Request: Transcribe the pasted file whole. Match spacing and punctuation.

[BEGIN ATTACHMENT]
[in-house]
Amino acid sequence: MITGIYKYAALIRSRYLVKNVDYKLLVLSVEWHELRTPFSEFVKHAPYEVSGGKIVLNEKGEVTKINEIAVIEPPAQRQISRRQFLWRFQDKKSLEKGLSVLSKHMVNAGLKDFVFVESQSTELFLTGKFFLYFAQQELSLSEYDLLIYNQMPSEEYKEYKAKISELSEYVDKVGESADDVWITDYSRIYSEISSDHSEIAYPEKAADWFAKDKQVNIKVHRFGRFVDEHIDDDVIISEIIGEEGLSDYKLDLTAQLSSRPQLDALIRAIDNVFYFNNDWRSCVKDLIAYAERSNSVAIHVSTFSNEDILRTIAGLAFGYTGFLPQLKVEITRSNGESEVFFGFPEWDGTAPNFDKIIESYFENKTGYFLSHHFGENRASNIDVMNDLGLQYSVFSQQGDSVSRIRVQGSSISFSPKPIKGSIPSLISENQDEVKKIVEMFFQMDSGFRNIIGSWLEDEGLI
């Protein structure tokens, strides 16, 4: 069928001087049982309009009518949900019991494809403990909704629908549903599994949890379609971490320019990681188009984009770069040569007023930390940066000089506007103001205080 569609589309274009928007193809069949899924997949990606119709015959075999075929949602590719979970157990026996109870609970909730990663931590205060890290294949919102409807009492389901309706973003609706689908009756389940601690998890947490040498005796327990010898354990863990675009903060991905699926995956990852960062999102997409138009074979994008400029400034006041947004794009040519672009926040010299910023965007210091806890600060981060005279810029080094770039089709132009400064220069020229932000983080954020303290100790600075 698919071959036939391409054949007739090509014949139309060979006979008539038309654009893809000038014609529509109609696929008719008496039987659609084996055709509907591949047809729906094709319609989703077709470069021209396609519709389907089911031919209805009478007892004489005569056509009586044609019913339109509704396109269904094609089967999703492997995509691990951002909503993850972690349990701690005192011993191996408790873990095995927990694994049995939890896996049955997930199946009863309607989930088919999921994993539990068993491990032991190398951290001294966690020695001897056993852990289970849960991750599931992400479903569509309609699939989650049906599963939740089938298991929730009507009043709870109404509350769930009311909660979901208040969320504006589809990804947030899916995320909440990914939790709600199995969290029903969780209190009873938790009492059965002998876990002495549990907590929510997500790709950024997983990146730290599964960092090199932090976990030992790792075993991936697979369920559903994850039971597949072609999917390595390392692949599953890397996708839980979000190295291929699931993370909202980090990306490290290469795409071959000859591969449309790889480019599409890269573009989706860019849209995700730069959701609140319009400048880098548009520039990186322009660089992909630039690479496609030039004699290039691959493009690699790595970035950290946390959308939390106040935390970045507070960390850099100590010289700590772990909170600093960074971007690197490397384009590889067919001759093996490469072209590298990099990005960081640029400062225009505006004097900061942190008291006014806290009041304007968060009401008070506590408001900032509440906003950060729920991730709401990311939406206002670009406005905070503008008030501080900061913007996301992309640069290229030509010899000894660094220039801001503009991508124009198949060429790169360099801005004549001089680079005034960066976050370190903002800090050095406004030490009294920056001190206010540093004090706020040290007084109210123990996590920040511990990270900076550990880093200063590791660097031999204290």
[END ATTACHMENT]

[in-house]
Amino acid sequence: MITGIYKYAALIRSRYLVKNVDYKLLVLSVEWHELRTPFSEFVKHAPYEVSGGKIVLNEKGEVTKINEIAVIEPPAQRQISRRQFLWRFQDKKSLEKGLSVLSKHMVNAGLKDFVFVESQSTELFLTGKFFLYFAQQELSLSEYDLLIYNQMPSEEYKEYKAKISELSEYVDKVGESADDVWITDYSRIYSEISSDHSEIAYPEKAADWFAKDKQVNIKVHRFGRFVDEHIDDDVIISEIIGEEGLSDYKLDLTAQLSSRPQLDALIRAIDNVFYFNNDWRSCVKDLIAYAERSNSVAIHVSTFSNEDILRTIAGLAFGYTGFLPQLKVEITRSNGESEVFFGFPEWDGTAPNFDKIIESYFENKTGYFLSHHFGENRASNIDVMNDLGLQYSVFSQQGDSVSRIRVQGSSISFSPKPIKGSIPSLISENQDEVKKIVEMFFQMDSGFRNIIGSWLEDEGLI
């Protein structure tokens, strides 16, 4: 069928001087049982309009009518949900019991494809403990909704629908549903599994949890379609971490320019990681188009984009770069040569007023930390940066000089506007103001205080 569609589309274009928007193809069949899924997949990606119709015959075999075929949602590719979970157990026996109870609970909730990663931590205060890290294949919102409807009492389901309706973003609706689908009756389940601690998890947490040498005796327990010898354990863990675009903060991905699926995956990852960062999102997409138009074979994008400029400034006041947004794009040519672009926040010299910023965007210091806890600060981060005279810029080094770039089709132009400064220069020229932000983080954020303290100790600075 698919071959036939391409054949007739090509014949139309060979006979008539038309654009893809000038014609529509109609696929008719008496039987659609084996055709509907591949047809729906094709319609989703077709470069021209396609519709389907089911031919209805009478007892004489005569056509009586044609019913339109509704396109269904094609089967999703492997995509691990951002909503993850972690349990701690005192011993191996408790873990095995927990694994049995939890896996049955997930199946009863309607989930088919999921994993539990068993491990032991190398951290001294966690020695001897056993852990289970849960991750599931992400479903569509309609699939989650049906599963939740089938298991929730009507009043709870109404509350769930009311909660979901208040969320504006589809990804947030899916995320909440990914939790709600199995969290029903969780209190009873938790009492059965002998876990002495549990907590929510997500790709950024997983990146730290599964960092090199932090976990030992790792075993991936697979369920559903994850039971597949072609999917390595390392692949599953890397996708839980979000190295291929699931993370909202980090990306490290290469795409071959000859591969449309790889480019599409890269573009989706860019849209995700730069959701609140319009400048880098548009520039990186322009660089992909630039690479496609030039004699290039691959493009690699790595970035950290946390959308939390106040935390970045507070960390850099100590010289700590772990909170600093960074971007690197490397384009590889067919001759093996490469072209590298990099990005960081640029400062225009505006004097900061942190008291006014806290009041304007968060009401008070506590408001900032509440906003950060729920991730709401990311939406206002670009406005905070503008008030501080900061913007996301992309640069290229030509010899000894660094220039801001503009991508124009198949060429790169360099801005004549001089680079005034960066976050370190903002800090050095406004030490009294920056001190206010540093004090706020040290007084109210123990996590920040511990990270900076550990880093200063590791660097031999204290």